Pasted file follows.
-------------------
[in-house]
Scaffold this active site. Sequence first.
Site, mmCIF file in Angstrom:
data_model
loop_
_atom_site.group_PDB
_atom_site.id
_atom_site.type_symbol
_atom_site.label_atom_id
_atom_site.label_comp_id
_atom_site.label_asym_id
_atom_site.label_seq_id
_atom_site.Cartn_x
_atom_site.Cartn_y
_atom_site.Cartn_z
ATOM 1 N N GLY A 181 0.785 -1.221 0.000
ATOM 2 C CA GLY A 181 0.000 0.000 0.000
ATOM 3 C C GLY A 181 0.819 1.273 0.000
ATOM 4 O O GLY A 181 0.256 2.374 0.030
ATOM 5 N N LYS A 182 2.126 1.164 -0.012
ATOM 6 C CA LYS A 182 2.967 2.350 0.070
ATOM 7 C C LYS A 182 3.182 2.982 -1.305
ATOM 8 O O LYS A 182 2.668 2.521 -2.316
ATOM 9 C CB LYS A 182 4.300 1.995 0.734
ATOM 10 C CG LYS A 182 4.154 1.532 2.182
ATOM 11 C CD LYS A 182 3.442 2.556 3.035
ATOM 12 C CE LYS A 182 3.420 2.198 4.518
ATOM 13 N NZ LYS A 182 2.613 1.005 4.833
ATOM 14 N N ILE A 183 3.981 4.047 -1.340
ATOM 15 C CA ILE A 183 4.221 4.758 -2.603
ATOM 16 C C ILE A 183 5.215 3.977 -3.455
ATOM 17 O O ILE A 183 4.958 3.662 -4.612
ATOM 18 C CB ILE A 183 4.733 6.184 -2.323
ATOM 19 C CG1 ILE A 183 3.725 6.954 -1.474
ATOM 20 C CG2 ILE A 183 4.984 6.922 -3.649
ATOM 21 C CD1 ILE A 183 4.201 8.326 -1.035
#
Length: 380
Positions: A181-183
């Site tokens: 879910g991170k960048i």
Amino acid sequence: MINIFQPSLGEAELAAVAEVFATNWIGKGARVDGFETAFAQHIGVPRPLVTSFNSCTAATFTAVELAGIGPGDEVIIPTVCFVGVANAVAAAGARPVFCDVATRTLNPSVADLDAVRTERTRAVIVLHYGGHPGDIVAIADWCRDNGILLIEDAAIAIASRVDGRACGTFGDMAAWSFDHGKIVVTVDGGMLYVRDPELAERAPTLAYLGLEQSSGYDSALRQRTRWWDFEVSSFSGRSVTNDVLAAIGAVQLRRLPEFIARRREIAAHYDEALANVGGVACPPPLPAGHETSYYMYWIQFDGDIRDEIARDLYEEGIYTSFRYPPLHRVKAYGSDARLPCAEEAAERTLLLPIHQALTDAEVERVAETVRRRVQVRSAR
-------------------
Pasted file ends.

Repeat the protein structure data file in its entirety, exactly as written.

[in-house]
Scaffold this active site. Sequence first.
Site, mmCIF file in Angstrom:
data_model
loop_
_atom_site.group_PDB
_atom_site.id
_atom_site.type_symbol
_atom_site.label_atom_id
_atom_site.label_comp_id
_atom_site.label_asym_id
_atom_site.label_seq_id
_atom_site.Cartn_x
_atom_site.Cartn_y
_atom_site.Cartn_z
ATOM 1 N N GLY A 181 0.785 -1.221 0.000
ATOM 2 C CA GLY A 181 0.000 0.000 0.000
ATOM 3 C C GLY A 181 0.819 1.273 0.000
ATOM 4 O O GLY A 181 0.256 2.374 0.030
ATOM 5 N N LYS A 182 2.126 1.164 -0.012
ATOM 6 C CA LYS A 182 2.967 2.350 0.070
ATOM 7 C C LYS A 182 3.182 2.982 -1.305
ATOM 8 O O LYS A 182 2.668 2.521 -2.316
ATOM 9 C CB LYS A 182 4.300 1.995 0.734
ATOM 10 C CG LYS A 182 4.154 1.532 2.182
ATOM 11 C CD LYS A 182 3.442 2.556 3.035
ATOM 12 C CE LYS A 182 3.420 2.198 4.518
ATOM 13 N NZ LYS A 182 2.613 1.005 4.833
ATOM 14 N N ILE A 183 3.981 4.047 -1.340
ATOM 15 C CA ILE A 183 4.221 4.758 -2.603
ATOM 16 C C ILE A 183 5.215 3.977 -3.455
ATOM 17 O O ILE A 183 4.958 3.662 -4.612
ATOM 18 C CB ILE A 183 4.733 6.184 -2.323
ATOM 19 C CG1 ILE A 183 3.725 6.954 -1.474
ATOM 20 C CG2 ILE A 183 4.984 6.922 -3.649
ATOM 21 C CD1 ILE A 183 4.201 8.326 -1.035
#
Length: 380
Positions: A181-183
């Site tokens: 879910g991170k960048i």
Amino acid sequence: MINIFQPSLGEAELAAVAEVFATNWIGKGARVDGFETAFAQHIGVPRPLVTSFNSCTAATFTAVELAGIGPGDEVIIPTVCFVGVANAVAAAGARPVFCDVATRTLNPSVADLDAVRTERTRAVIVLHYGGHPGDIVAIADWCRDNGILLIEDAAIAIASRVDGRACGTFGDMAAWSFDHGKIVVTVDGGMLYVRDPELAERAPTLAYLGLEQSSGYDSALRQRTRWWDFEVSSFSGRSVTNDVLAAIGAVQLRRLPEFIARRREIAAHYDEALANVGGVACPPPLPAGHETSYYMYWIQFDGDIRDEIARDLYEEGIYTSFRYPPLHRVKAYGSDARLPCAEEAAERTLLLPIHQALTDAEVERVAETVRRRVQVRSAR